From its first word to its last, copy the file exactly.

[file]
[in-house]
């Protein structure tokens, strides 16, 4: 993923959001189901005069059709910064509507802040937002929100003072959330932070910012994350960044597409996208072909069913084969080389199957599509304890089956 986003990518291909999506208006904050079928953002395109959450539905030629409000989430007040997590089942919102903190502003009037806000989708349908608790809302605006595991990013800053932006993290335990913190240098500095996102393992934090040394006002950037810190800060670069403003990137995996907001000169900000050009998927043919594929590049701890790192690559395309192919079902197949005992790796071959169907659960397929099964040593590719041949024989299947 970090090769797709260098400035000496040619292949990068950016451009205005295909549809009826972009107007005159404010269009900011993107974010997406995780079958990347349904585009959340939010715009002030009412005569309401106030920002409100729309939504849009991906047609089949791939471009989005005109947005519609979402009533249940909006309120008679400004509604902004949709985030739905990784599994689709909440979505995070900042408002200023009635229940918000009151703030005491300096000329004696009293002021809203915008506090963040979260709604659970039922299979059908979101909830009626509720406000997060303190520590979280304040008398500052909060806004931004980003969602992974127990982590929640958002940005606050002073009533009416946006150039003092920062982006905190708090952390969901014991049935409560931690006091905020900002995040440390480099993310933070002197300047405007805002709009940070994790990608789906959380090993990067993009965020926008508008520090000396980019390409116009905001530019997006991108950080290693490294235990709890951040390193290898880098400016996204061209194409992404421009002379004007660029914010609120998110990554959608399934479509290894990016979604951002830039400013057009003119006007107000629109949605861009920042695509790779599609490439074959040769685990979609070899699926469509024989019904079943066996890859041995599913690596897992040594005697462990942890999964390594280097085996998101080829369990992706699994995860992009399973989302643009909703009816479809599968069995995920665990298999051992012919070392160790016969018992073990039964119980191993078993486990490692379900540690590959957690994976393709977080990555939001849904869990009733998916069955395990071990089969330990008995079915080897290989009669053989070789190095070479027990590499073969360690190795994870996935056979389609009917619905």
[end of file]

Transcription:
[in-house]
């Protein structure tokens, strides 16, 4: 993923959001189901005069059709910064509507802040937002929100003072959330932070910012994350960044597409996208072909069913084969080389199957599509304890089956 986003990518291909999506208006904050079928953002395109959450539905030629409000989430007040997590089942919102903190502003009037806000989708349908608790809302605006595991990013800053932006993290335990913190240098500095996102393992934090040394006002950037810190800060670069403003990137995996907001000169900000050009998927043919594929590049701890790192690559395309192919079902197949005992790796071959169907659960397929099964040593590719041949024989299947 970090090769797709260098400035000496040619292949990068950016451009205005295909549809009826972009107007005159404010269009900011993107974010997406995780079958990347349904585009959340939010715009002030009412005569309401106030920002409100729309939504849009991906047609089949791939471009989005005109947005519609979402009533249940909006309120008679400004509604902004949709985030739905990784599994689709909440979505995070900042408002200023009635229940918000009151703030005491300096000329004696009293002021809203915008506090963040979260709604659970039922299979059908979101909830009626509720406000997060303190520590979280304040008398500052909060806004931004980003969602992974127990982590929640958002940005606050002073009533009416946006150039003092920062982006905190708090952390969901014991049935409560931690006091905020900002995040440390480099993310933070002197300047405007805002709009940070994790990608789906959380090993990067993009965020926008508008520090000396980019390409116009905001530019997006991108950080290693490294235990709890951040390193290898880098400016996204061209194409992404421009002379004007660029914010609120998110990554959608399934479509290894990016979604951002830039400013057009003119006007107000629109949605861009920042695509790779599609490439074959040769685990979609070899699926469509024989019904079943066996890859041995599913690596897992040594005697462990942890999964390594280097085996998101080829369990992706699994995860992009399973989302643009909703009816479809599968069995995920665990298999051992012919070392160790016969018992073990039964119980191993078993486990490692379900540690590959957690994976393709977080990555939001849904869990009733998916069955395990071990089969330990008995079915080897290989009669053989070789190095070479027990590499073969360690190795994870996935056979389609009917619905």